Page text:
Qual­ity gains, cost re­duc­tions make strong case for the mod­ern house call

Modern Healthcare - - COMMENT - By Dr. Glen Stream

Nearly ev­ery day a claim is made that some­thing will make our lives bet­ter, health­ier, eas­ier. And while many of th­ese claims are in­ter­est­ing, and some be­come game chang­ers, most are hype.

Nowhere is this phe­nom­e­non more prom­i­nent than in medicine. Sci­ence has pro­duced what only a few decades ago were con­sid­ered mir­a­cles—treat­ments, pharmaceuticals, di­ag­nos­tics and surg­eries, that have made, for ex­am­ple, many can­cers cur­able or treat­able as chronic dis­eases. Hav­ing a stroke or a heart at­tack is no longer a death sen­tence. The list goes on.

How­ever, as medicine con­tin­ues to make huge strides with tech­nol­ogy as its part­ner, we of­ten for­get that physi­cians re­main at the cen­ter of medicine, and pa­tients are at the cen­ter of physi­cian prac­tices. This brings us to an old prac­tice that is be­com­ing new again: the house call.

While tra­di­tional house calls never dis­ap­peared, their fre­quency dwin­dled be­cause they didn’t fit into the mod­ern fee-for-ser­vice model. How­ever, our in­ter­est never dis­ap­peared. We have al­ways known their ben­e­fit, which, com­bined with the cur­rent fo­cus on value over vol­ume, has caused pol­i­cy­mak­ers to look again at an old but good idea.

In June, the CMS an­nounced that af­ter just one year of its three-year In­de­pen­dence at Home Demon­stra­tion (IHD), par­tic­i­pat­ing physi­cian prac­tices saved an av­er­age of $3,070 per ben­e­fi­ciary—while de­liv­er­ing high-qual­ity pa­tient care in the home.

U.S. Med­i­cal Man­age­ment and its af­fil­i­ate, Vis­it­ing Physi­cians As­so­ci­a­tion (an IHD par­tic­i­pant), rep­re­sented 25% of the pa­tient care in the demon­stra­tion. Par­tic­i­pat­ing prac­tices showed high per­for­mance on many qual­ity and cost mea­sures, in­clud­ing a 16.4% re­duc­tion in ex­pected costs, and re­duc­tions in all-cause 30-day read­mis­sions, in-hospi­tal ad­mis­sions and emer­gency depart­ment vis­its for am­bu­la­tory care-sen­si­tive con­di­tions.

For fam­ily physi­cians like Dr. Thomas Corn­well, this is great but not un­ex­pected news. As the leader of the Home Cen­tered Care In­sti­tute in Wheaton, Ill., he has made 32,000 house calls to more than 4,000 pa­tients through his house-call prac­tice. Corn­well calls this Af­ford­able Care Act ini­tia­tive a part of the per­fect storm that is driv­ing an in­creased de­mand for mod­ern house calls. Un­like tra­di­tional home care, this new ver­sion of the house call is based on a med­i­cal home; house calls are not a sup­ple­ment.

Also driv­ing this per­fect storm is a quickly aging baby-boomer pop­u­la­tion, the Medi­care and Med­i­caid fis­cal cri­sis, health­care re­forms, in­clud­ing the CMS’ goal to re­duce hospi­tal read­mis­sions, and the shift from vol­ume­based to value-based pay­ment.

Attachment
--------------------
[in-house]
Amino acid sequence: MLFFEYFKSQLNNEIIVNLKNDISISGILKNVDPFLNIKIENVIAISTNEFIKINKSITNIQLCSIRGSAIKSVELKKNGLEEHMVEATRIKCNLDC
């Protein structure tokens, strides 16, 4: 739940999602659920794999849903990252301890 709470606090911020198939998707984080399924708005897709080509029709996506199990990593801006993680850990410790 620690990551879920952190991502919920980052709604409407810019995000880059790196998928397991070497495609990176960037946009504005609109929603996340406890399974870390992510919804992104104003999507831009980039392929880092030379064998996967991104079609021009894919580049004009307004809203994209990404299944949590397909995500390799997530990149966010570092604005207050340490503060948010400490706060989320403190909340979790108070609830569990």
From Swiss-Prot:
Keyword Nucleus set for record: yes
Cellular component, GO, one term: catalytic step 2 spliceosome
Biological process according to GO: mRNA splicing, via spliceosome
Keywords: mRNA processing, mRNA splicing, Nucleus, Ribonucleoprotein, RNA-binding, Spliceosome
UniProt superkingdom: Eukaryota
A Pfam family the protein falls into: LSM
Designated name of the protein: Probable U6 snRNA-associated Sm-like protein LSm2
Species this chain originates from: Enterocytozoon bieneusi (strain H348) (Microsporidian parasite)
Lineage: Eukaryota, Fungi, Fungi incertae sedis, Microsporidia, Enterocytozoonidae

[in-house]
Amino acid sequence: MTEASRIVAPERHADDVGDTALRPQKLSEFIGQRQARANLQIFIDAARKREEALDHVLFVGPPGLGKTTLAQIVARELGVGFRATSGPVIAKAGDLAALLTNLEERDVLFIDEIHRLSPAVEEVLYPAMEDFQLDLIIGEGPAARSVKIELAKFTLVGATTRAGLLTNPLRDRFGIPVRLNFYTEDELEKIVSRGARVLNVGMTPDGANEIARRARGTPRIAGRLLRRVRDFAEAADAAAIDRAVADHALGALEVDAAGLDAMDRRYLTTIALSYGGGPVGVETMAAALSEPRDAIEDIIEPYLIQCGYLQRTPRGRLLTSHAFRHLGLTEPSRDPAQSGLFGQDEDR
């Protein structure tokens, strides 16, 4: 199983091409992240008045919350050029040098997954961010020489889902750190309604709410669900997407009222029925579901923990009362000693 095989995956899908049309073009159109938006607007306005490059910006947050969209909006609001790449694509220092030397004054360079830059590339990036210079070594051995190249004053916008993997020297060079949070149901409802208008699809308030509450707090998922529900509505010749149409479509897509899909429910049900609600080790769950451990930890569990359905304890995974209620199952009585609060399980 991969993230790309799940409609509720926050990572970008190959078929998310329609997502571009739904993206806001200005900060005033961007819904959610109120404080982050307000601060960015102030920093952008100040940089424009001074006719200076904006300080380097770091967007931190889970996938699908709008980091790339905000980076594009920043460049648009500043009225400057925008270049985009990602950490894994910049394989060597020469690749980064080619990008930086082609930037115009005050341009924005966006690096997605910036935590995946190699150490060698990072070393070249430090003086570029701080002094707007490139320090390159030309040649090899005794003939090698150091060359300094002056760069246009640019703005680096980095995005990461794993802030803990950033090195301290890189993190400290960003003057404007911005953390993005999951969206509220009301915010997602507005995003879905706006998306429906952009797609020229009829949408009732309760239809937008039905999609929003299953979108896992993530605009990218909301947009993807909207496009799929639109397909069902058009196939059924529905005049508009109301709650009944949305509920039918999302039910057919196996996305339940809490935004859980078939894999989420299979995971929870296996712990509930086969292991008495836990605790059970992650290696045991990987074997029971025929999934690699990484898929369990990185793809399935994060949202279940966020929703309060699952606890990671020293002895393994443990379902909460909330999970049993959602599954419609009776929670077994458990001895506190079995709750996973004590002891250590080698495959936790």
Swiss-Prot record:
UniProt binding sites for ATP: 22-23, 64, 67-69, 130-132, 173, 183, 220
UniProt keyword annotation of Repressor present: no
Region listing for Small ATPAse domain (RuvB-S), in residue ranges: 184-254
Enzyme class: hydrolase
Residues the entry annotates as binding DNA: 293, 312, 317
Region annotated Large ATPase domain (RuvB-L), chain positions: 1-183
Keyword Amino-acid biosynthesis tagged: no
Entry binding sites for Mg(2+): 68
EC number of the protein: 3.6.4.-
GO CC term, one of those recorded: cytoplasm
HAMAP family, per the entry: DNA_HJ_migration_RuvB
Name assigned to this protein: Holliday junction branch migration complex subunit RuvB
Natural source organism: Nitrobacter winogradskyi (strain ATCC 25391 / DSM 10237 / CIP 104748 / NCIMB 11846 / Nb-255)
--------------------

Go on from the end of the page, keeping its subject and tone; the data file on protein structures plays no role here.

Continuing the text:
As a re­sult, house-call physi­cians are part of an ef­fort to get Congress to pass leg­is­la­tion to move this home­care demon­stra­tion into a new house­call ben­e­fit sim­i­lar to how the Pro­gram of All-In­clu­sive Care for the El­derly, or PACE, pro­gram be­came a new ben­e­fit. PACE is de­signed to keep peo­ple age 55 and older out of nurs­ing homes by pro­vid­ing com­mu­ni­ty­based care and ser­vices.

This would mean more shared cost-sav­ings op­por­tu­ni­ties. There­fore, more providers would be in­cen­tivized to of­fer home care. And be­cause only about 15% of the peo­ple in the U.S. who need home care are re­ceiv­ing it, there is plenty of po­ten­tial for growth.

An Oc­to­ber 2014 study in the Jour­nal of the Amer­i­can Geri­atrics So­ci­ety an­a­lyzed the Vet­er­ans Health Ad­min­is­tra­tion’s Home-Based Pri­mary Care Pro­gram, which started over 20 years ago and serves more than 30,000 vet­er­ans. The study found:

A 24% re­duc­tion in to­tal health­care costs un­der the pro­gram (2002 data), which amounted to an an­nual sav­ings of more than $10 mil­lion.

The HBPC pro­vided four times more pri­mary home care ver­sus tra­di­tional home health, but still pro­duced a 63% re­duc­tion in hospi­tal costs, and an 87% drop in nurs­ing home costs.

2007 data found a 59% re­duc­tion in hospi­tal days, an 89% re­duc­tion in nurs­ing-home days and a 21% re­duc­tion in 30-day read­mis­sions.

All of th­ese re­sults have piqued the in­ter­est of ma­jor med­i­cal net­works look­ing to bet­ter serve their pa­tients while re­duc­ing read­mis­sions and costs. And this has fam­ily physi­cians ex­cited about the fu­ture of the house call. “Those who have been the pioneers of house calls have known about its value for years,” Corn­well said.

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View guide­lines at mod­ern­health­care.com/op-ed.

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Dr. Glen Stream is pres­i­dent and board chair­man of the not-for-profit Fam­ily Medicine for Amer­ica’s Health and past pres­i­dent of the Amer­i­can Academy of Fam­ily Physi­cians.

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